Seattle • Starbucks it will support efforts to have a bankruptcy court reconsider bids to purchase Tully's Coffee.
The company said this week it plans to back a filing in which Tully's franchisee AgriNurture outlines why it believes AgriNurture and Starbucks' bids should be accepted.
The companies hope to derail a $9.15 million bid from actor Patrick Dempsey and his investor group that Tully's and its creditors chose last week in a private auction.
Together, Starbucks and AgriNurture have offered to buy all 47 Tully's locations for $10.56 million. Starbucks wants 25 of those stores, which it would rebrand Starbucks.
The case is to be heard Friday in U.S. Bankruptcy Court in Seattle.
Cliff Burrows, Starbucks' president for the Americas, said the offers from his company and AgriNurture are best for Tully's creditors, shareholders and employees, and for Seattle.
"Starbucks' hometown has been in Seattle for more than 40 years, and we know what it takes to run a successful coffee house here," Burrows said.
What he did not say is that Tully's record has been quite the opposite, through many CEOs. In two decades, it turned a profit in only two fiscal years, when it sold substantial portions of its company.
In an emailed statement, Dempsey said, "We remain confident that the court will reach the right decision and find that Global Baristas LLC [his group] submitted the highest and best bid."
Burrows said Starbucks would give qualified employees priority for jobs. He declined to comment on what would happen to employees at Tully's Seattle headquarters.
Starbucks has not filed a response in court to Tully's plan to accept Dempsey's offer, but Burrows said that at the hearing the chain will support AgriNurture's effort to have their two offers reconsidered.
"AgriNurture believes that the combined Starbucks/AgriNurture bids constitute the highest and best bid," publicly traded AgriNurture said in its filing Wednesday. It operates six Tully's franchise locations in the Philippines.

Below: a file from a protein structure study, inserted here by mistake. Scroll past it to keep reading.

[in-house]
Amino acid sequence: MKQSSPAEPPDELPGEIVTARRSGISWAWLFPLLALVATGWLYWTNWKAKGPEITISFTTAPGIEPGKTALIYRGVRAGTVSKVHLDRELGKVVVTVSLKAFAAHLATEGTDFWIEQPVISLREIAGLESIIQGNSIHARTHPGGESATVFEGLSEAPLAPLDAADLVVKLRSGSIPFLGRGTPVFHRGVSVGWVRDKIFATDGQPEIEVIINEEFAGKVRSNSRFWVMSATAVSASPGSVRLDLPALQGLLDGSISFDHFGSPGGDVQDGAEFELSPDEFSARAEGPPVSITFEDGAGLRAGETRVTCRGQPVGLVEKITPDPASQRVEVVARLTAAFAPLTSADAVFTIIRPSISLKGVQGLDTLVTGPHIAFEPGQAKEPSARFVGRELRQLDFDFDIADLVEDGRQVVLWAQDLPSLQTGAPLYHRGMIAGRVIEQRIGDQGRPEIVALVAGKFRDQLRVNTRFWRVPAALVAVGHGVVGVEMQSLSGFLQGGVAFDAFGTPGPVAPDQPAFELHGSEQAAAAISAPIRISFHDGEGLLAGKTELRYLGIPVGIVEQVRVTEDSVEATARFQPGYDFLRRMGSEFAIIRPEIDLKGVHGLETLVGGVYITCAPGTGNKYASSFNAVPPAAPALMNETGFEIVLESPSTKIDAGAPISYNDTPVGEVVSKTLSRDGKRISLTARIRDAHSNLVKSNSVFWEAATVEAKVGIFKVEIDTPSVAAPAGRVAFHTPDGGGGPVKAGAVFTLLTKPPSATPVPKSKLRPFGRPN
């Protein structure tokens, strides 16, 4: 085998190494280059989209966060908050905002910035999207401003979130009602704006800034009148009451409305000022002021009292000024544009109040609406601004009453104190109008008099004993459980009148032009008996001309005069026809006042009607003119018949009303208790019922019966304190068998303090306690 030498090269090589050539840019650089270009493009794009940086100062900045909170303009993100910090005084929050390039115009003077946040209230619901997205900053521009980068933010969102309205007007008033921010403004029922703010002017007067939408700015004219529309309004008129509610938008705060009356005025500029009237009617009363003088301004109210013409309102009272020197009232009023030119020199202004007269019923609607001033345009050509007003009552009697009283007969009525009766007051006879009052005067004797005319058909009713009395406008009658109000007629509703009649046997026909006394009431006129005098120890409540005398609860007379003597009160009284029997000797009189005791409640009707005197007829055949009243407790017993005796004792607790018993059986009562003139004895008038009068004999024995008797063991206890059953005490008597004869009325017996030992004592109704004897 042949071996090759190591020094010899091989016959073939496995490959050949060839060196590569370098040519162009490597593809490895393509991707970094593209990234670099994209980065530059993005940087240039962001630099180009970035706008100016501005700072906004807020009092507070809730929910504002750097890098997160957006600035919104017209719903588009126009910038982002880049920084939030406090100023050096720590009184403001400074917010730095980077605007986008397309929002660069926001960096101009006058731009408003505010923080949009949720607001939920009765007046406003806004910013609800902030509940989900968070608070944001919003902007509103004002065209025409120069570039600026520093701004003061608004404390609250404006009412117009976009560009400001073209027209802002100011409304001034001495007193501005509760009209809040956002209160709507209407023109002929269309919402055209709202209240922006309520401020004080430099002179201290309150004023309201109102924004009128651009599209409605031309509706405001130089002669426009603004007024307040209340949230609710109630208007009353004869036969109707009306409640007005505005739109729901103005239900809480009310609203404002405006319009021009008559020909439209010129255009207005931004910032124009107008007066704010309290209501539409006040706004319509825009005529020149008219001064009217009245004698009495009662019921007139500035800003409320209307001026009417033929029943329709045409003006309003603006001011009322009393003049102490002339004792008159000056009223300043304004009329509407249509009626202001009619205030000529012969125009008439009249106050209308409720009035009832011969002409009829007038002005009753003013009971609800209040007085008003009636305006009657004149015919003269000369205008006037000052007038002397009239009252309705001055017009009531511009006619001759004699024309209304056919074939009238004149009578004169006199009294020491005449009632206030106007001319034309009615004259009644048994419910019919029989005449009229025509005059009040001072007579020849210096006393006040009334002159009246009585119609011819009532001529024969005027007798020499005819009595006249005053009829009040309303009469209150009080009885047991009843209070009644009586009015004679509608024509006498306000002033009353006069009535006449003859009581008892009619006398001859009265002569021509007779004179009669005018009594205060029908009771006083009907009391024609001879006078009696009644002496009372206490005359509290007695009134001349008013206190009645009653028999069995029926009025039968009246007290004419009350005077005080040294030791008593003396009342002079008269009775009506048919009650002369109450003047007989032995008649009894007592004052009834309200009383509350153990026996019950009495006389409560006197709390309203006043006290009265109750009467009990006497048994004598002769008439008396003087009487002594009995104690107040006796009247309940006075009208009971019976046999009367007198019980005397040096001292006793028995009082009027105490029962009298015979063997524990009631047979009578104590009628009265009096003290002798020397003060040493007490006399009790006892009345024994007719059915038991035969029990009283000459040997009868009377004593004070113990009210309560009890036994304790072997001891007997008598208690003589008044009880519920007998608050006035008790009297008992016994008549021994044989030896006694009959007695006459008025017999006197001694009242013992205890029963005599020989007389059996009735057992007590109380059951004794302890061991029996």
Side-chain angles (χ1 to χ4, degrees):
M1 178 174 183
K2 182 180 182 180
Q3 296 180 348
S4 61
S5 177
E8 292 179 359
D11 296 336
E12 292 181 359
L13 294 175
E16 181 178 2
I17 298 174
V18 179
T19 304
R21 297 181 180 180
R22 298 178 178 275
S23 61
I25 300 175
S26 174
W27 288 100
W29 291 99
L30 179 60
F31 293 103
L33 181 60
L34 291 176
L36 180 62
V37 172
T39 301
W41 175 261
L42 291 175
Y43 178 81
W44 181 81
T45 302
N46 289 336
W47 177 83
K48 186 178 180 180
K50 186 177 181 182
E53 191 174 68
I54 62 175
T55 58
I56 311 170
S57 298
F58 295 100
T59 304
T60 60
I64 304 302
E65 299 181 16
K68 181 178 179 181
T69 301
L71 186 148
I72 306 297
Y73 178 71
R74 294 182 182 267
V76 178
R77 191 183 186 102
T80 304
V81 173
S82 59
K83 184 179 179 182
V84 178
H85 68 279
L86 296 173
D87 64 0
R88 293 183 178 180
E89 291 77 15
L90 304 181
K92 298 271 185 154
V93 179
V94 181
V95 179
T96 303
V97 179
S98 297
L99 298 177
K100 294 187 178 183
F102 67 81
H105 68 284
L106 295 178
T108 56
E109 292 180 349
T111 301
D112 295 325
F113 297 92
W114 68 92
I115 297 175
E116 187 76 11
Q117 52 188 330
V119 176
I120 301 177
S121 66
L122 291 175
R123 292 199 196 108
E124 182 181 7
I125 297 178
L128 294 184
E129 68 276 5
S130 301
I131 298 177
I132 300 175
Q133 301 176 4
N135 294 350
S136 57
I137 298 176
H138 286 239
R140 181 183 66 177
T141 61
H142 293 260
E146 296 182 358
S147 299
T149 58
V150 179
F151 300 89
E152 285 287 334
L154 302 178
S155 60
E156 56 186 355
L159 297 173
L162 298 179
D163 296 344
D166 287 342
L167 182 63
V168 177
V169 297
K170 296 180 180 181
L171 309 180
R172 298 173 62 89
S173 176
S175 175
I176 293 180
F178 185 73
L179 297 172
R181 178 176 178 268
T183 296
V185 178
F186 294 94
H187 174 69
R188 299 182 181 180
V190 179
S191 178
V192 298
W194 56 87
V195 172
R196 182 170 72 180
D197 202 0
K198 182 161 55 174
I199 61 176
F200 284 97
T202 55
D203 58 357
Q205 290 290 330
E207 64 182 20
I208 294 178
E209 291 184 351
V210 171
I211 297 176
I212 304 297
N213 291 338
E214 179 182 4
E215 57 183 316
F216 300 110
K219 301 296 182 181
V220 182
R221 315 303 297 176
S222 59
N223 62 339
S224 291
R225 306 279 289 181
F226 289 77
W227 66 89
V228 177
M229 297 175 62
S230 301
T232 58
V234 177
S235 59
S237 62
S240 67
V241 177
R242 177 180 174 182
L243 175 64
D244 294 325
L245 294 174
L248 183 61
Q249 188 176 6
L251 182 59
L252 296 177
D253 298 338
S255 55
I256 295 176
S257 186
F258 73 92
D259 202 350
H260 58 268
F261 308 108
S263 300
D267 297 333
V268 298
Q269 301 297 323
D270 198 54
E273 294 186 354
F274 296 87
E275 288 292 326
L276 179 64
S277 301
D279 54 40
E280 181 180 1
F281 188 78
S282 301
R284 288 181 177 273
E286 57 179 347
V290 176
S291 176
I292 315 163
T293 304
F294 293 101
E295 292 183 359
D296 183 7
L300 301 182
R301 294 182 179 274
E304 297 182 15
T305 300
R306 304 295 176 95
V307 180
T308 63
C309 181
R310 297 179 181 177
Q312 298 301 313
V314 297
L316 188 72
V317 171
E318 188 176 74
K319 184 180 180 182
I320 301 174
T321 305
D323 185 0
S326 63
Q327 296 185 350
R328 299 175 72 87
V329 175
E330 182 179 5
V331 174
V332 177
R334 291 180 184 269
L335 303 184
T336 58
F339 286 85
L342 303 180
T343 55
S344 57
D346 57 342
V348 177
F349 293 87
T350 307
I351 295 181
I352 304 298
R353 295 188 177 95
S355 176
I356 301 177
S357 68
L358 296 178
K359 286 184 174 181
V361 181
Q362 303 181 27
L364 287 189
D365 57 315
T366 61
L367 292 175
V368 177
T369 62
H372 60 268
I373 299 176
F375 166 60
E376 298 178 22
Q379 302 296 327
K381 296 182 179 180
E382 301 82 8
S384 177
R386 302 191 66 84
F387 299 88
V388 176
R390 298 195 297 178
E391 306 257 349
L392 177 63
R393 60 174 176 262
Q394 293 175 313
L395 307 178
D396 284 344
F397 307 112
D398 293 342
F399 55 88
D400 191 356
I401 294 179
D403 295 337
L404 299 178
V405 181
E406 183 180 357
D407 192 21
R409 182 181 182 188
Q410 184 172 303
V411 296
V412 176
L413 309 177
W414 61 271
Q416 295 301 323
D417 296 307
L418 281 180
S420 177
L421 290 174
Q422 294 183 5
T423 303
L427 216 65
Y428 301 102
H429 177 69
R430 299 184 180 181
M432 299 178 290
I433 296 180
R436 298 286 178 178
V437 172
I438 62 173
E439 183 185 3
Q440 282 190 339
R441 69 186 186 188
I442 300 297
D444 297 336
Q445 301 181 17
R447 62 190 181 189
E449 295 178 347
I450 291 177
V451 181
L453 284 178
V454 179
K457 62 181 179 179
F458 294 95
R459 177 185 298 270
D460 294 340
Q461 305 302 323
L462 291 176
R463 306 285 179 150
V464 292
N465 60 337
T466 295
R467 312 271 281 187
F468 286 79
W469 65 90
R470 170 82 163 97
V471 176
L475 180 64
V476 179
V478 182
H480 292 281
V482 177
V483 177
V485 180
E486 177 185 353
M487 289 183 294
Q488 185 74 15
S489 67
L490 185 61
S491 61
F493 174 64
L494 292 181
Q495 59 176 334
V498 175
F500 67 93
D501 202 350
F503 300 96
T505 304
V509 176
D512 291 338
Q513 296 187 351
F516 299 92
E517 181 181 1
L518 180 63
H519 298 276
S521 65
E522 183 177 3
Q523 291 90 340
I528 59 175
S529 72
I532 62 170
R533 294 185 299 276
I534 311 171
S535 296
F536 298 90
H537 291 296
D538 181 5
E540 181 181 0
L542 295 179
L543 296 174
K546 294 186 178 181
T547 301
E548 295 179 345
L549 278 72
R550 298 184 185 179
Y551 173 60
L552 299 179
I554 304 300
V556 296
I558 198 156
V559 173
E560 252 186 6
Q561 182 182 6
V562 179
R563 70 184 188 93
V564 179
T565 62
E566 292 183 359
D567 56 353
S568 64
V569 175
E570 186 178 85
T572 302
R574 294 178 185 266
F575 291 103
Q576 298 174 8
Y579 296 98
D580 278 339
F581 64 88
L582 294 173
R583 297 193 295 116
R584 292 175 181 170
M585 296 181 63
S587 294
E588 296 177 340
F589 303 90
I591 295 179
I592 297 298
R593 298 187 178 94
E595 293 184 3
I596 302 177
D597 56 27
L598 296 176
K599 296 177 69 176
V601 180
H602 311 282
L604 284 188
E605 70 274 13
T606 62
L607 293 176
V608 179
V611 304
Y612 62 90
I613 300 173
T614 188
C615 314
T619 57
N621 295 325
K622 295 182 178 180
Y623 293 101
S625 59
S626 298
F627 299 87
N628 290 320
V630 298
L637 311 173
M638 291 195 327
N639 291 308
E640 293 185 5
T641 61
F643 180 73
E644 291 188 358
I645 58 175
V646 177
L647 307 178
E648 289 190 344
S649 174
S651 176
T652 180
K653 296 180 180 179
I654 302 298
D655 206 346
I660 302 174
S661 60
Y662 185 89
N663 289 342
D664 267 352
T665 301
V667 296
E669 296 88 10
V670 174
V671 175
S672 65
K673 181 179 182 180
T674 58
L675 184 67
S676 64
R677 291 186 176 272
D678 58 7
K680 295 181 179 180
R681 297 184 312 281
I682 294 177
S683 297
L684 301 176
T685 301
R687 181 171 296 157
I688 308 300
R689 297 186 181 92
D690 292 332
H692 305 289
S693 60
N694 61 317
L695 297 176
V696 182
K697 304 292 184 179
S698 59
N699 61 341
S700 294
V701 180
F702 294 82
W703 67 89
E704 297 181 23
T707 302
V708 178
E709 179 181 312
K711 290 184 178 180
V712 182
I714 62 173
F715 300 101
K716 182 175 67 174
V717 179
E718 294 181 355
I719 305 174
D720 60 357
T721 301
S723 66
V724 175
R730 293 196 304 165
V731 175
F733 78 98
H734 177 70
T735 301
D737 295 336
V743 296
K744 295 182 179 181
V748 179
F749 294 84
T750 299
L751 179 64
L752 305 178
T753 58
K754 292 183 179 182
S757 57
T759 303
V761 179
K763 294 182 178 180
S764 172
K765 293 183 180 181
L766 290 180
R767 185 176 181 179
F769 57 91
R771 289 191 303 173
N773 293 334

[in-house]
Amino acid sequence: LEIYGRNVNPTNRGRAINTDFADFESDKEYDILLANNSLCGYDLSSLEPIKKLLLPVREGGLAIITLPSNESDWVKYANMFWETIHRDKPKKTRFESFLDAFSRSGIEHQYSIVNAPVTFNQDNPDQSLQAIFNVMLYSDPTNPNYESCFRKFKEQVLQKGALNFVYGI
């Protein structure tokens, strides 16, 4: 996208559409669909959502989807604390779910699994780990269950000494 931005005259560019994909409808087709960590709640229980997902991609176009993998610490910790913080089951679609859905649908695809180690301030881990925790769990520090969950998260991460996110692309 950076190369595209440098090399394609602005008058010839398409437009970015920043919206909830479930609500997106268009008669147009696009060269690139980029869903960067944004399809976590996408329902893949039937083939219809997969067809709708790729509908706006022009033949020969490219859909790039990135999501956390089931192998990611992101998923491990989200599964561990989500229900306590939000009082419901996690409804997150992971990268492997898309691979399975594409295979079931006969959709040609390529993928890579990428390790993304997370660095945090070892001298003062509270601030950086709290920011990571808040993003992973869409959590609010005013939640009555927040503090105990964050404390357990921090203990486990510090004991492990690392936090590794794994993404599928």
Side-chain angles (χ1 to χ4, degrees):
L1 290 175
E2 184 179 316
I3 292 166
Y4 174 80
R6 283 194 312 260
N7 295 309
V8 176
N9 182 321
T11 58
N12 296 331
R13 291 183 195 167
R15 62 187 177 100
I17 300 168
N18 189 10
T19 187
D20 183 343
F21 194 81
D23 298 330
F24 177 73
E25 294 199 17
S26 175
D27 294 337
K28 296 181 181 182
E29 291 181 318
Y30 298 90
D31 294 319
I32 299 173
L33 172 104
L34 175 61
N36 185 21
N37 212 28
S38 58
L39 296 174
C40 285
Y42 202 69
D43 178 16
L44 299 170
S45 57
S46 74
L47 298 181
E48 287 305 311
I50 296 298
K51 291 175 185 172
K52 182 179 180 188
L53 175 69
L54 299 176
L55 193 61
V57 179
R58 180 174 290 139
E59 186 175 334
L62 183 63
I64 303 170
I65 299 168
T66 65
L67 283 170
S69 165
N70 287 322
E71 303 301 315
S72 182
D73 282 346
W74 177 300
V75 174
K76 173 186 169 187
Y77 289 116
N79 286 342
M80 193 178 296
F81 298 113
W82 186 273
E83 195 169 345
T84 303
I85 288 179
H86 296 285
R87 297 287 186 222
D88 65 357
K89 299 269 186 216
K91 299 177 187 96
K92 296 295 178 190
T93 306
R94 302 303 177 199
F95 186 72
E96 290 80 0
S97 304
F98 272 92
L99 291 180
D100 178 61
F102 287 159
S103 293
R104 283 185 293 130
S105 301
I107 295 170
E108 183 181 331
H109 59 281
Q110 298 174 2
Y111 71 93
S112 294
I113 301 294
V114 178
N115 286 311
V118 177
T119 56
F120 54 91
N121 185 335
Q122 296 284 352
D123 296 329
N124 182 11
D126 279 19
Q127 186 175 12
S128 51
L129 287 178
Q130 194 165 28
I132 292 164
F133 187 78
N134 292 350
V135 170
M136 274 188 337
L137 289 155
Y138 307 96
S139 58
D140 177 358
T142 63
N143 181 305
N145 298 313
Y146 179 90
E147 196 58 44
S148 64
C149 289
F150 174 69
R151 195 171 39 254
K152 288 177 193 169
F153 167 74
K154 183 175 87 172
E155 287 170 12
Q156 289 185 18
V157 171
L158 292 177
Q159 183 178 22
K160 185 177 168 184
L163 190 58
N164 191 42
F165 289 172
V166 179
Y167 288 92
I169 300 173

The filing said that during last week's auction, Dempsey's lower bid was chosen because of concerns about whether Green Mountain Coffee Roasters would consent to the deal. Green Mountain bought Tully's wholesale business and the rights to its name in 2009.
"Parties may offer any number of reasons why the [Dempsey] bid should be deemed the 'Successful Bid,' but the only reason offered at the auction was the uncertainty surrounding Green Mountain's consent," the AgriNurture filing said.
In its own filing, Green Mountain which has a business relationship with Starbucks said it has reached agreements with Dempsey's group and AgriNurture for new license, supply and noncompetition agreements, and does not plan to object to a sale to either party.
AgriNurture's filing argues that because of that deal, Tully's should accept its bid.
Another bidder formally objected to the Dempsey deal in a filing Wednesday.
Neon T Coffee Shops, formerly Kachi Partners of Colorado, cited the publicity surrounding Dempsey's deal and what it considered unequal treatment of parties making partial bids, among other things.
"Neon T was and is still prepared to enter into a partial asset bid that could result in increasing value to the Estate," the filing said.